Thursday, March 12, 2020
A federal judge yesterday rejected the Trump administration’s enormous commercial timber harvest and road-building plan for Prince of Wales Island in the Tongass National Forest of southeast Alaska, home to the rare Alexander Archipelago wolf.
The U.S. District Court for the District of Alaska on Wednesday ruled that the Forest Service violated multiple federal laws when it approved a broad management blueprint that would authorize future logging in the temperate rainforest without site-specific environmental review.
The Prince of Wales Landscape Level Analysis (POWLLA), green-washed by the Forest Service as being an effort to “improve forest ecosystem health” was, in reality, a massive and destructive timber project—a 15-year logging scheme on a 1.8 million acre project area.
Over 200 million board feet of old-growth Tongass National Forest timber on Prince of Wales would have been logged over the next 10 years. Thank you to everyone who spoke out against this disastrous plan. Yesterday’s court decision upholds the rights of all Americans to weigh in on where logging occurs on our public lands. Once again, Judge Sharon L. Gleason defended these irreplaceable wild lands.
The Tongass National Forest is one of the few remaining old-growth temperate rainforests worldwide with breathtaking stands of ancient trees, many of which are approaching 1,000 years in age. The forests provide vital habitat for many species including Alexander Archipelago Wolves and their prey, Sitka black-tailed deer. Over the course of just 50 years, commercial logging harvested a shocking amount of the contiguous high-volume old-growth forest on Prince of Wales, a total of 94 percent by 2004.
The ruling is a critical victory for environmentalists, who saw the government’s approach to Prince of Wales planning as a dangerous interpretation of the National Environmental Policy Act’s requirements.
“What the court has cut short is flagrant attempts by the Forest Service to trample not only the remaining old-growth forest on Southeast Alaska’s most heavily-logged major island, but also NEPA, which is America’s bedrock law for protecting the environment from contrived decision-making,” said Larry Edwards of the regional organization Alaska Rainforest Defenders.
“This was part of a nationwide effort by the Forest Service to shortcut the site-specific requirements of NEPA and other laws,” said Juneau-based Earthjustice attorney Tom Waldo, who represented environmental groups in the case.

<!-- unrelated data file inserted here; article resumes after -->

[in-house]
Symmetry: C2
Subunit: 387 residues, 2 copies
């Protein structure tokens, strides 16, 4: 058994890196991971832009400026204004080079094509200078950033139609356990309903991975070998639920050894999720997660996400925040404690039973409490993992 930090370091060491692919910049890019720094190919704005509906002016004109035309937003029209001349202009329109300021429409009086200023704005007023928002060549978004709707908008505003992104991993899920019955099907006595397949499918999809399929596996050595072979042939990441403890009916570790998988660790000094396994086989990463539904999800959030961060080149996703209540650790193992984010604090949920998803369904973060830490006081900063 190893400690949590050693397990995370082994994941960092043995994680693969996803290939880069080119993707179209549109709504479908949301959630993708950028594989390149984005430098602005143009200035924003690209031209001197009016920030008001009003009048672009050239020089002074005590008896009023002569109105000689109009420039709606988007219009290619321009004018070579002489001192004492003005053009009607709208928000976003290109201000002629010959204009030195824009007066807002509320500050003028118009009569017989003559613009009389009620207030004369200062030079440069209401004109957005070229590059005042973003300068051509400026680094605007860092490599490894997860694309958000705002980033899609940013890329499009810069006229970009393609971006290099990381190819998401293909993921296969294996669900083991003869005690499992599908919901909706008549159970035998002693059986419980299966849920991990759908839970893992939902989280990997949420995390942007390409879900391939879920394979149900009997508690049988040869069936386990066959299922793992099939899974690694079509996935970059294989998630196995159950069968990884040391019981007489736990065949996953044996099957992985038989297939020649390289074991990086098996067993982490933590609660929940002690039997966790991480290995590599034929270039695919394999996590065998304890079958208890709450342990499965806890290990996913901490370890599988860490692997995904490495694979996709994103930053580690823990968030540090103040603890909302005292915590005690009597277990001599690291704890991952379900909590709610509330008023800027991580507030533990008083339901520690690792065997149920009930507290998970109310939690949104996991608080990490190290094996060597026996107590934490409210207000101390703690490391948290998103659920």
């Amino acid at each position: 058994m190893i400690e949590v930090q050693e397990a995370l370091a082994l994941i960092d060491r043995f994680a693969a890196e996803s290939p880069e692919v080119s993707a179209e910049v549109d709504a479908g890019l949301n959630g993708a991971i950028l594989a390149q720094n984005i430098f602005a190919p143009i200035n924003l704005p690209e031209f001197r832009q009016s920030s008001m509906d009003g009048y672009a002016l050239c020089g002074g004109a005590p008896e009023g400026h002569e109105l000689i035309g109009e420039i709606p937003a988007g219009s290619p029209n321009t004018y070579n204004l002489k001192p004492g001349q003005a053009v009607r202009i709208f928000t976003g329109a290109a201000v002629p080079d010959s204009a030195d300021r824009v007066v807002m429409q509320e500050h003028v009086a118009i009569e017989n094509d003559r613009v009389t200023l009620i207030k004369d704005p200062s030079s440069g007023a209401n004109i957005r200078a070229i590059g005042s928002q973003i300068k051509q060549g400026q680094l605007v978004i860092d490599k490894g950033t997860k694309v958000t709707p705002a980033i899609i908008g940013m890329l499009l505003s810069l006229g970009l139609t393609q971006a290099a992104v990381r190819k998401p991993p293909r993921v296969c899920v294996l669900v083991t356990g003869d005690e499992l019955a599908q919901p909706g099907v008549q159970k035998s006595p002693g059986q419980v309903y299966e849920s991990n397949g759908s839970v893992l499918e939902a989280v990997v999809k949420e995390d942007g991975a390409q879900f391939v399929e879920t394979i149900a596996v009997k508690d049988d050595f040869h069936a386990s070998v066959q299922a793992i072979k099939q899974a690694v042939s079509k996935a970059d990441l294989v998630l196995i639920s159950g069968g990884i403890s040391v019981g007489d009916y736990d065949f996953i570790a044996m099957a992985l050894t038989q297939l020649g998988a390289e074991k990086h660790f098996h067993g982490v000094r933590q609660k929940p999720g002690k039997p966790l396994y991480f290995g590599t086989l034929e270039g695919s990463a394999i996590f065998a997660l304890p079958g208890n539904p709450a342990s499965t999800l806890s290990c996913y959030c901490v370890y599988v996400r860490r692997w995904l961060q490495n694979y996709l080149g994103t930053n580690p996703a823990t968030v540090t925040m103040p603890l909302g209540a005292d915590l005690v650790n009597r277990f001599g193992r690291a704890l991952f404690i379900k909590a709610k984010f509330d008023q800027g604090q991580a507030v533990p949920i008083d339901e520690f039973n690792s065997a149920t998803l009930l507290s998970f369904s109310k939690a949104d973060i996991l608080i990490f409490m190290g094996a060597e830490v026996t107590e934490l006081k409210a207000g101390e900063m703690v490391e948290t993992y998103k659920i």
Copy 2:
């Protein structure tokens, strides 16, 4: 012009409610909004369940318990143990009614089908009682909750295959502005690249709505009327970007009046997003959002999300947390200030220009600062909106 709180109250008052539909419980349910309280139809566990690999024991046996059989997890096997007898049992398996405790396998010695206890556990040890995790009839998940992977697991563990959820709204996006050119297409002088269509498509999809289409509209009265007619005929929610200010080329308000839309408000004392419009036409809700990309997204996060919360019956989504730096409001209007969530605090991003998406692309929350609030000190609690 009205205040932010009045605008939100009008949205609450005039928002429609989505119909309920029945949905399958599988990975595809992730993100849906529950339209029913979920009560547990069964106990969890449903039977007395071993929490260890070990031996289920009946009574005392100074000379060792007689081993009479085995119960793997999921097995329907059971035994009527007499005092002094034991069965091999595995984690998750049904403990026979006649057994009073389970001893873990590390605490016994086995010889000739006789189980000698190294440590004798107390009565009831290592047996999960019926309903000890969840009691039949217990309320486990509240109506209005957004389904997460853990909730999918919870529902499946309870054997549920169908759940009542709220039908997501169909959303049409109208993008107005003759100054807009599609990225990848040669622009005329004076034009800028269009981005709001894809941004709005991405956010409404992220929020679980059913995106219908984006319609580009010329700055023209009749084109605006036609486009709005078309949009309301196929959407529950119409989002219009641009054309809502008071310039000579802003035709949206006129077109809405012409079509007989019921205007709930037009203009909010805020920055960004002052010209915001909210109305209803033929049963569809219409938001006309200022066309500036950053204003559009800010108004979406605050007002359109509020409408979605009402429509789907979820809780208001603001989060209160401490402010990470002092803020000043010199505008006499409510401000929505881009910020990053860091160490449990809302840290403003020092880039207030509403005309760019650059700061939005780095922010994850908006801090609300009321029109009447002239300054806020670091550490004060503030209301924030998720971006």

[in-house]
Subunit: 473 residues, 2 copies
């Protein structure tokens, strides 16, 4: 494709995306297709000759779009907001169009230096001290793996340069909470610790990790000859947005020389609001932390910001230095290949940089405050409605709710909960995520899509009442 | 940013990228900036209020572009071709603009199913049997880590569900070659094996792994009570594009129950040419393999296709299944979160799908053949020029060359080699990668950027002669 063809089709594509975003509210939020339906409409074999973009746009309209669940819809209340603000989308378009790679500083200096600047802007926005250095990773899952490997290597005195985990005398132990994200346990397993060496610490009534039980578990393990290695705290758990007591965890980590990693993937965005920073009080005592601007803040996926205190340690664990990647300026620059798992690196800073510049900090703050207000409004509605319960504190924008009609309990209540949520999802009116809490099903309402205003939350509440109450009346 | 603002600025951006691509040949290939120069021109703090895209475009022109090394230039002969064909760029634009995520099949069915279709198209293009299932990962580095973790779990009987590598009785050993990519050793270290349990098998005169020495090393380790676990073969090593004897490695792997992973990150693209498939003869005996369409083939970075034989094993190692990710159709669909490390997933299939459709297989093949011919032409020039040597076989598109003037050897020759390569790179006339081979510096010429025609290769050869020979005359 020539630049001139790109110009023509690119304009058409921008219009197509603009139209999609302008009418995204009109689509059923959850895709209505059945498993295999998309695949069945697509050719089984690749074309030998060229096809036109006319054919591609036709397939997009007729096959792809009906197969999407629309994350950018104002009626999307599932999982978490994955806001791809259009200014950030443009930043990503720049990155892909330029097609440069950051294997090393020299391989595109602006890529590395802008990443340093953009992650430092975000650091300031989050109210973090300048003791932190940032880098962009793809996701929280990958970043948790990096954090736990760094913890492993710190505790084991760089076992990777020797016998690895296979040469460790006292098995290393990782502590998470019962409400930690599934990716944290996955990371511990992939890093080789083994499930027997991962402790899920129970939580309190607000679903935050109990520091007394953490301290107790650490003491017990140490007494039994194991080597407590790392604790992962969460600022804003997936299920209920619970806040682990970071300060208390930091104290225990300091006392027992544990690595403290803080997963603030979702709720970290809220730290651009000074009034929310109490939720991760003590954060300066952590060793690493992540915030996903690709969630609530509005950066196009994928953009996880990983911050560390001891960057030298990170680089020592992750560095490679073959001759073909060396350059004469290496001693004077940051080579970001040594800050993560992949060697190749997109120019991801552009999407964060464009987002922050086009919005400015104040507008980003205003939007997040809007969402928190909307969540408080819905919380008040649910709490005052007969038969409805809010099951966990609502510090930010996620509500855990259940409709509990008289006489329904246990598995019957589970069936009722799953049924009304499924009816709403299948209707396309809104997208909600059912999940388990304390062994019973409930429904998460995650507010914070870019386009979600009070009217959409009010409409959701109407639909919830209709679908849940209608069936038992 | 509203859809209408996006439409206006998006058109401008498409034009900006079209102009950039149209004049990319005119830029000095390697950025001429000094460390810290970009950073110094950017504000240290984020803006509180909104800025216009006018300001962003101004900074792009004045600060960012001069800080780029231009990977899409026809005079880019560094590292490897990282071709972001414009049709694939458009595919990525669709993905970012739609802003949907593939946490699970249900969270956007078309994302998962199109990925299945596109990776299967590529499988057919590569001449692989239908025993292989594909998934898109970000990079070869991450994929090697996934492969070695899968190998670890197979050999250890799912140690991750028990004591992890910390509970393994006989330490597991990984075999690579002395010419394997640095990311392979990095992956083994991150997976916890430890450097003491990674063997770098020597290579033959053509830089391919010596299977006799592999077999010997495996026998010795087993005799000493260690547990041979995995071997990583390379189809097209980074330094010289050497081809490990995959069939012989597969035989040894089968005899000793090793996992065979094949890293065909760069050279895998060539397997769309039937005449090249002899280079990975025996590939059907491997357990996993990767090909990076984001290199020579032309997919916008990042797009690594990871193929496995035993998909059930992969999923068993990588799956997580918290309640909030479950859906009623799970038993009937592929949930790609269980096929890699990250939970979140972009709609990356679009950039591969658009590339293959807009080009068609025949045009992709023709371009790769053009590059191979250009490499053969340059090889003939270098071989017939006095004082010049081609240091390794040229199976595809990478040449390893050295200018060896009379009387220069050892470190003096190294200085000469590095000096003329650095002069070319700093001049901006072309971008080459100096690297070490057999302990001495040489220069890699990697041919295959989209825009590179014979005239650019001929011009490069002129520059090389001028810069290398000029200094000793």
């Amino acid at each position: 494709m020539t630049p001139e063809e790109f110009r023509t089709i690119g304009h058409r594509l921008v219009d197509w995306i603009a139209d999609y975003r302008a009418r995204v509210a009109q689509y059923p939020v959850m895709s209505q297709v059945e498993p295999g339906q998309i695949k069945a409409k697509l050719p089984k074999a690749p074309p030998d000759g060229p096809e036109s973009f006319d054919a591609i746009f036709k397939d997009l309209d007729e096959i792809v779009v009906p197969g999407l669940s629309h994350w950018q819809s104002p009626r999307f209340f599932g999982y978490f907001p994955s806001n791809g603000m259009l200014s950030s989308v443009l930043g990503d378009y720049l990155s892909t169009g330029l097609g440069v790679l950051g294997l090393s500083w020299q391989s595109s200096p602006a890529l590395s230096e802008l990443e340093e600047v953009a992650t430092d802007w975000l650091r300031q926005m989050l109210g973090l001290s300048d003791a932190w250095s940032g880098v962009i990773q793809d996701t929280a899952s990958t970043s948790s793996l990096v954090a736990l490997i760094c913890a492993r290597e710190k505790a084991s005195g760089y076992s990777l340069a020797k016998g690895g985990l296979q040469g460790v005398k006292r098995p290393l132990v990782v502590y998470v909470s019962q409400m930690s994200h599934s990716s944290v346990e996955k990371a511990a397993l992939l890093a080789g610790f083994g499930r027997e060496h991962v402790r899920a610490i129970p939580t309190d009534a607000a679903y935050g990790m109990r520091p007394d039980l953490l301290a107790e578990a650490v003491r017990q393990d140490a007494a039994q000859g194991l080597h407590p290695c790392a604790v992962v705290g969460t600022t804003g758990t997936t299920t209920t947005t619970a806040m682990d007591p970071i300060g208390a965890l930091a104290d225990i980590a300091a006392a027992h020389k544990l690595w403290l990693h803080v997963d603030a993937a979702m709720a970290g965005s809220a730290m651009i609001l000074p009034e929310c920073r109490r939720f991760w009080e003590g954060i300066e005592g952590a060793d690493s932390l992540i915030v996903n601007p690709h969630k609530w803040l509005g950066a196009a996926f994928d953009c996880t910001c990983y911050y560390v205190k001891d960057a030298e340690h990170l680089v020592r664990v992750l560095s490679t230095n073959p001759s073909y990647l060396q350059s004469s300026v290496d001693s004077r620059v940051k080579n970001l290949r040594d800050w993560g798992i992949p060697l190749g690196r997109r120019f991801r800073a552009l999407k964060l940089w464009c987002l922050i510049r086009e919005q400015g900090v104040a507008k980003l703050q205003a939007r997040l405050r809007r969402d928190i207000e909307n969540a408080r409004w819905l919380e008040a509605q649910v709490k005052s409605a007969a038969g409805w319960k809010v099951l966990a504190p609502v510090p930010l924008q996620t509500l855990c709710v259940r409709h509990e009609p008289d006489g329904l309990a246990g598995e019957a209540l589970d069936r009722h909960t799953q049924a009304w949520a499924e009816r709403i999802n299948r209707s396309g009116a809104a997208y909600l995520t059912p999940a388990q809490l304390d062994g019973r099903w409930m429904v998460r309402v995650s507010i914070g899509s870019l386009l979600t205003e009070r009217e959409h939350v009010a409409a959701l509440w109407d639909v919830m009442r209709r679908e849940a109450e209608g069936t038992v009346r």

The Forest Service didn’t immediately respond to a request for comment.
The 16.7 million-acre Tongass is the largest national forest in the country, and lies at the center of a debate over the proper balance of logging and other interests on federal lands.
Judge Sharon L. Gleason ruled the Forest Service’s analysis had “serious shortcomings” under NEPA.
“The Forest Service has not yet taken the requisite hard look at the environmental impact of site-specific timber sales on Prince of Wales over the next 15 years,” she wrote, rejecting the agency’s decision to simply study maximum potential impacts.
Gleason, appointed to the bench by President Barack Obama, also concluded the plan violated the overarching Tongass forest plan and the Alaska National Interest Lands Conservation Act, which protects the rights of subsistence hunters.
She ordered both sides to submit legal briefs on whether she should scrap the contested provisions entirely, or keep them in place while the Forest Service improves its analysis.
Parts of the Tongass have been logged for a century, but timber activity has dropped off in recent decades. The Trump administration is working to open more of the forest to development.
Forest Service Plan
The case centers on a landscape-level plan the Forest Service crafted to manage resources on Prince of Wales Island over 15 years.
The agency conducted an environmental impact statement and in 2019 adopted an approach that would allow logging of a maximum of 23,000 acres of old-growth and 19,000 acres of younger trees, plus the construction of 164 miles of roads.
The environmental analysis didn’t specify where the logging could occur but instead adopted a “condition-based” management approach, laying out criteria for the agency to make site-specific decisions in the future. The plan noted, however, that Forest Service officials wouldn’t need to conduct any further NEPA review for specific logging locations.
The Forest Service has defended the approach, saying the plan included enough information about potential timber harvest sites to fully evaluate potential impacts and alternative options, and considered the broadest possible impacts.
“In analyzing impacts from timber harvest activities in particular, the Service assumed that the maximum acres of harvest authorized under each alternative would be harvested by the most impactful clear-cut harvest methods, and that the maximum miles of road would be built, to ensure that all possible effects were considered,” government lawyers explained in a court brief last year.
If the agency decides to appeal Wednesday’s decision, the issue will go before the U.S. Court of Appeals for the Ninth Circuit.
The case is Se. Alaska Conservation Council v. U.S. Forest Serv., D. Alaska, No. 1:19-cv-00006, 3/11/20.
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